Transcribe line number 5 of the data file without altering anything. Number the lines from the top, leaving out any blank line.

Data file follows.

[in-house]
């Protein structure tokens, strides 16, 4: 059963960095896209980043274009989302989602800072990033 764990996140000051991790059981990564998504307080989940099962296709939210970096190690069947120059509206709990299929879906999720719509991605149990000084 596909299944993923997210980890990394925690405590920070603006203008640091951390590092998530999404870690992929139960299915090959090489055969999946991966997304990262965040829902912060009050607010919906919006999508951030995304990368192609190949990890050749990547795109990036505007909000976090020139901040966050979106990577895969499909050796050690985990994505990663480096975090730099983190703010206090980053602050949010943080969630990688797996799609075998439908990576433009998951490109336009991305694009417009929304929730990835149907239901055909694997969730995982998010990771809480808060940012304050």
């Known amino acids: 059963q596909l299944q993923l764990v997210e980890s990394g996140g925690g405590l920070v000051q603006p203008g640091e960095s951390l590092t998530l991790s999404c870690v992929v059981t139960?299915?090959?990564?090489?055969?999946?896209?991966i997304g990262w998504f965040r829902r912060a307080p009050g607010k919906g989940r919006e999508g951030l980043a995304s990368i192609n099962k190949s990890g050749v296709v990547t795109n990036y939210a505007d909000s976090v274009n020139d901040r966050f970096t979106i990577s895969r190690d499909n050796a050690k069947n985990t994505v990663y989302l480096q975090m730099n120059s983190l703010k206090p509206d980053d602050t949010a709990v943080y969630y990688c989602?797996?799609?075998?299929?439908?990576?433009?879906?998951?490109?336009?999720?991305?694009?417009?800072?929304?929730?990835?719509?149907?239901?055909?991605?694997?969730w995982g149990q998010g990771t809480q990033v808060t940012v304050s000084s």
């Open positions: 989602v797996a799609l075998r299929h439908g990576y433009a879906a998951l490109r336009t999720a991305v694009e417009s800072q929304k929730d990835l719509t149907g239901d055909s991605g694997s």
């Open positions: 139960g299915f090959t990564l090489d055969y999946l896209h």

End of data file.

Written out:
């Open positions: 139960g299915f090959t990564l090489d055969y999946l896209h």